The Winning Formula

Posted: 16 July 2019

Hit singles that strayed from songwriting tradition to inspire you to supercharge your own songs.

Read time: 3 mins

Writing a song isn’t hard. Writing a good song, however, is an art. We all recognise the standard structure of a song—verse, chorus, verse, chorus, bridge, chorus. And there’s nothing wrong with that. It’s safe and dependable and if you’re lucky it’ll even become a hit. But sometimes it’s the songs that break the mould that we remember. Here are just a few that stand out from the crowd and can influence your next tracks.

Bohemian Rhapsody

Bohemian Rhapsody is just one on those songs that you can feel in your bones. One minute you’re minding your own business and the next thing you know the whole gang is in diamond formation, holding torches under their chins and belting out the famous lyrics. Don’t worry, we’ve all been there. On paper, the song shouldn’t be so memorable. Songs are usually defined by their choruses, but Bohemian Rhapsody doesn’t have one. In fact, all seven of the song’s verses are completely unique. That’s just what happens when you roll three different songs into one musical epic.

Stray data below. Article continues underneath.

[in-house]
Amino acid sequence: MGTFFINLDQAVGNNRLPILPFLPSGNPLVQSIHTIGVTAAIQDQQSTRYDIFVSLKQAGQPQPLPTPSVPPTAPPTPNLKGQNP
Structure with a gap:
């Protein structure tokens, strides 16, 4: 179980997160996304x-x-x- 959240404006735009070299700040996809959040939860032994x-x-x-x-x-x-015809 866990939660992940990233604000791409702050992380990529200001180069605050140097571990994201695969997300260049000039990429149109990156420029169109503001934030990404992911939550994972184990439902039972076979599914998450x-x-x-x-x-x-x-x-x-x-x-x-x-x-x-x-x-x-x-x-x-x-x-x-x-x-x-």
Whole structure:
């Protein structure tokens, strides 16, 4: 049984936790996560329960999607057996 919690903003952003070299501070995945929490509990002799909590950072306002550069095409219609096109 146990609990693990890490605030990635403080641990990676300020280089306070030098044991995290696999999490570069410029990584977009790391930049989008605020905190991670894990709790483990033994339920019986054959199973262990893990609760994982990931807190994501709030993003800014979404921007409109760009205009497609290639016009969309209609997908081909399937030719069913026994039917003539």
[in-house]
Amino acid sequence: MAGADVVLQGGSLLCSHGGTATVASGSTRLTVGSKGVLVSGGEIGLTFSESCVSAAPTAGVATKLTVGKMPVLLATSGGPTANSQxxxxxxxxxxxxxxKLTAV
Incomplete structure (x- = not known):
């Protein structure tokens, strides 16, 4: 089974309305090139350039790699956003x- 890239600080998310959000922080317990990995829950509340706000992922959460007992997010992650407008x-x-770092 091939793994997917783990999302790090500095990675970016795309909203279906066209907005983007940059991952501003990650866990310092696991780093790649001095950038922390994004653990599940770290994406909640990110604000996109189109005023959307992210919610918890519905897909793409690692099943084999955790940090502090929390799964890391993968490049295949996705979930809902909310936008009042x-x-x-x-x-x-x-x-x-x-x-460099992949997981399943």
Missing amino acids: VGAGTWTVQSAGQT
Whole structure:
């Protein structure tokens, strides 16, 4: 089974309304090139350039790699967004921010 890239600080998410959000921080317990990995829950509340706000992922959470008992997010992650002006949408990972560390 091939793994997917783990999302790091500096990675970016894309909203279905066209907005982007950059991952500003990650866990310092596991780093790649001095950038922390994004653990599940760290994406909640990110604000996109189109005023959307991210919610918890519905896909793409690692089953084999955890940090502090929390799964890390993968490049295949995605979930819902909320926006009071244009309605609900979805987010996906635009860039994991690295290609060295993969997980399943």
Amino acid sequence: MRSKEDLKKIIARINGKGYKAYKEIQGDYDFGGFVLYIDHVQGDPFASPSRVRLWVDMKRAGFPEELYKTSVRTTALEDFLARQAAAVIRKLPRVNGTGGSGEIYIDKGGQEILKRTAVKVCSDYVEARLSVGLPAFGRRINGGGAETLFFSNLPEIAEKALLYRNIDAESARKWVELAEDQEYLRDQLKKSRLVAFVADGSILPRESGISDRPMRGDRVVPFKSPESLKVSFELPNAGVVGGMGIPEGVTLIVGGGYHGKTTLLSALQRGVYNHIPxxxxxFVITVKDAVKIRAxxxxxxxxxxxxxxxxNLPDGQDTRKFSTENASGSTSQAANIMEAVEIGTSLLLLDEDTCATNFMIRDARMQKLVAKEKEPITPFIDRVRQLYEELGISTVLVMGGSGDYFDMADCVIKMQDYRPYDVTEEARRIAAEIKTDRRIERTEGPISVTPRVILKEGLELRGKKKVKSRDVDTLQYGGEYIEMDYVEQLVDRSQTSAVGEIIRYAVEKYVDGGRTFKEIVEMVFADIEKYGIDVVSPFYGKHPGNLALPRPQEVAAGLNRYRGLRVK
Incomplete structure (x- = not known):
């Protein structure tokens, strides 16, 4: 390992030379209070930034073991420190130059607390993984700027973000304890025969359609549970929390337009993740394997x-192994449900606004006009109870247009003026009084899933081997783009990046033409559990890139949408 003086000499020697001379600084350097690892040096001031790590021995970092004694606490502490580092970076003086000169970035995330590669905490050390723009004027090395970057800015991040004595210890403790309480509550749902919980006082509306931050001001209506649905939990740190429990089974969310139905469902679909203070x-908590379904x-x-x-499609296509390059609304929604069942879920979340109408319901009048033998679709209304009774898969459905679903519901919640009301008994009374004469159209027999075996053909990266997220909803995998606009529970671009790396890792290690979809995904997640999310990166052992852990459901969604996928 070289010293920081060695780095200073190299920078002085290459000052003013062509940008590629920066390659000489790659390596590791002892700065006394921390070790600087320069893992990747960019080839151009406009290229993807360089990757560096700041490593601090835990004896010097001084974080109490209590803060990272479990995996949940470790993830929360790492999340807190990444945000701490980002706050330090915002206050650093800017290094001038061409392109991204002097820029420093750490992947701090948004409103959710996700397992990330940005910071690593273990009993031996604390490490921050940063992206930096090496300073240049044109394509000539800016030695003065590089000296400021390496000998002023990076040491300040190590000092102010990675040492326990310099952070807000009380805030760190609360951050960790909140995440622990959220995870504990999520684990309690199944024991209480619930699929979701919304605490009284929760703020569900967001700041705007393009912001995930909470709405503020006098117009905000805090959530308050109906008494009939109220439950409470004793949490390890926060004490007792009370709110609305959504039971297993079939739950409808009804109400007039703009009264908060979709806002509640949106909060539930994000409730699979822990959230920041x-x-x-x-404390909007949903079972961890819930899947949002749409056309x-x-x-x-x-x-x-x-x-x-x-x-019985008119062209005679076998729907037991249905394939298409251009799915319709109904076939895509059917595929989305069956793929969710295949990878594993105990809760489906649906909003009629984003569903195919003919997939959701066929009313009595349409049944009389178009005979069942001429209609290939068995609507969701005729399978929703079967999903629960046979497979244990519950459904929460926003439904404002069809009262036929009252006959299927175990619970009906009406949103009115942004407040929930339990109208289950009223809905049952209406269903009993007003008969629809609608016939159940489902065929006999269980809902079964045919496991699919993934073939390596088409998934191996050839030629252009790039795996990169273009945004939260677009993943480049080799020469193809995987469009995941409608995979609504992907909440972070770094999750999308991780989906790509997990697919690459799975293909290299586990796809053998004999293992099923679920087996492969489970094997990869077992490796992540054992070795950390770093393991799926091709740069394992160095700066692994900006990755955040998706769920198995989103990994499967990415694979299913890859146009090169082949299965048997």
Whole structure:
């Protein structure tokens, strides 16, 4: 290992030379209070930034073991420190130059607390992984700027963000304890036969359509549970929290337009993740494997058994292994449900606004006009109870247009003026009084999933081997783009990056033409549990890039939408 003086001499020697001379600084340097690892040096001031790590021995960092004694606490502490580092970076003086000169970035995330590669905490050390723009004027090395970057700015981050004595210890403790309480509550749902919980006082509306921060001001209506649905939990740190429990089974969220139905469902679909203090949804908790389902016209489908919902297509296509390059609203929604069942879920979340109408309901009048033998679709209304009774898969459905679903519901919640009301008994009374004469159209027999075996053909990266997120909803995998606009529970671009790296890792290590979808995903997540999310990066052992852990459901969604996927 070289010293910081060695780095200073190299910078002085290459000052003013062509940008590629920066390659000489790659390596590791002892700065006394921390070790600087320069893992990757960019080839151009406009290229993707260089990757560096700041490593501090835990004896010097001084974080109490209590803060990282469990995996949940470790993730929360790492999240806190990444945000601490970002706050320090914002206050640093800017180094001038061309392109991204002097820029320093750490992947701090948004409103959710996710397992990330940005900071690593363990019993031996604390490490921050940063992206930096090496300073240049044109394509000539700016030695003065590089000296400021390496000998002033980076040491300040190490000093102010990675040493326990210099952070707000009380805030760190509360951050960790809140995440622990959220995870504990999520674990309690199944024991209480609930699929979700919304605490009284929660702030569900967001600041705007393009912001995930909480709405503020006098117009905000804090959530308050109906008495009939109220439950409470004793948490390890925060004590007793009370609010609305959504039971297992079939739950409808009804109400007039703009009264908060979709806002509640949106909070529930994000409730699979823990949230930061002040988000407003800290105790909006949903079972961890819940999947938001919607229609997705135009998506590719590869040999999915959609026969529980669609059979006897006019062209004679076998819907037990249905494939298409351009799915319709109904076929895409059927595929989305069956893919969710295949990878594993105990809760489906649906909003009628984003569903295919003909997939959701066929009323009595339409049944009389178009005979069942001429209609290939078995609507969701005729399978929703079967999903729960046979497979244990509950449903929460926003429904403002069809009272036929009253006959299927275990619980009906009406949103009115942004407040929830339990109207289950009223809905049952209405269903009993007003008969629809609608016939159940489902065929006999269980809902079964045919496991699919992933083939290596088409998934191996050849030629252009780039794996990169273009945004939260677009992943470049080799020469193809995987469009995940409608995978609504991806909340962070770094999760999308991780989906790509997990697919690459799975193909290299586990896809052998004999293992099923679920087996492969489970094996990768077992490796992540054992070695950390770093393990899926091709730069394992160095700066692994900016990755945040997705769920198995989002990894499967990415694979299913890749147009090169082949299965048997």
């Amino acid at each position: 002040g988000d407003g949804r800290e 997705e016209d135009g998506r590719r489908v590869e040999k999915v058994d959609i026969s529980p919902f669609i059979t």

Paranoid Android

The weirdness of this Radiohead hit doesn’t stop at the title. Aside from the instrumentally dense nature of the verses, the beginning of the song sets us up for a typical verse chorus verse structure. Then the guitar charged middle 8 gets us pumped for a third chorus that never comes. Instead we get a stripped down lyrical bridge before an explosive musical outro. Although it seems strange on paper, Paranoid Android is a perfect example of how a great guitar riff can hold a complicated song structure together.


The Beatles

When it comes to unconventional songwriting, The Beatles have tried it all. ‘Love Me Do’ is essentially one repeated chorus with slight variations, while ‘Hey Jude’ abandons the chorus altogether. Instead it has an A/B verse structure with a stream of ‘na na nas’ that take up the entirety of the song’s second half. Another example is ‘Happiness Is A Warm Gun’, a multi-part song where each of the sections has a totally unique feel to it.